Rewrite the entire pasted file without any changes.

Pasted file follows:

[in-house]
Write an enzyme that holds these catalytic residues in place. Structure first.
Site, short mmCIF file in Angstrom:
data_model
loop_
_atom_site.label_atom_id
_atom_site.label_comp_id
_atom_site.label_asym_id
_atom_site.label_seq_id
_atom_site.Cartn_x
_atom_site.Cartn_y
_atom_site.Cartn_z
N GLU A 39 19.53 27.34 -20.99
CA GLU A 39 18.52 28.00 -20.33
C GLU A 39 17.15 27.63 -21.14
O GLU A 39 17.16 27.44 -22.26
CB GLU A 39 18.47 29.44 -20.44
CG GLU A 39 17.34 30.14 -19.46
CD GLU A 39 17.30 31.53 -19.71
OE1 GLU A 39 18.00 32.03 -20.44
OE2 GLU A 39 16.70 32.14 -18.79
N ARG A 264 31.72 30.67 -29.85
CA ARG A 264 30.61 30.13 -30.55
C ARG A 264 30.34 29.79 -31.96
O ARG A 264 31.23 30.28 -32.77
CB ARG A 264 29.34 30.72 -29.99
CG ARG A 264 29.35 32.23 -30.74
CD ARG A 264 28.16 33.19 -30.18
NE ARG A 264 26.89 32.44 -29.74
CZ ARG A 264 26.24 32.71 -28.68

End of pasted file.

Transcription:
[in-house]
Write an enzyme that holds these catalytic residues in place. Structure first.
Site, short mmCIF file in Angstrom:
data_model
loop_
_atom_site.label_atom_id
_atom_site.label_comp_id
_atom_site.label_asym_id
_atom_site.label_seq_id
_atom_site.Cartn_x
_atom_site.Cartn_y
_atom_site.Cartn_z
N GLU A 39 19.53 27.34 -20.99
CA GLU A 39 18.52 28.00 -20.33
C GLU A 39 17.15 27.63 -21.14
O GLU A 39 17.16 27.44 -22.26
CB GLU A 39 18.47 29.44 -20.44
CG GLU A 39 17.34 30.14 -19.46
CD GLU A 39 17.30 31.53 -19.71
OE1 GLU A 39 18.00 32.03 -20.44
OE2 GLU A 39 16.70 32.14 -18.79
N ARG A 264 31.72 30.67 -29.85
CA ARG A 264 30.61 30.13 -30.55
C ARG A 264 30.34 29.79 -31.96
O ARG A 264 31.23 30.28 -32.77
CB ARG A 264 29.34 30.72 -29.99
CG ARG A 264 29.35 32.23 -30.74
CD ARG A 264 28.16 33.19 -30.18
NE ARG A 264 26.89 32.44 -29.74
CZ ARG A 264 26.24 32.71 -28.68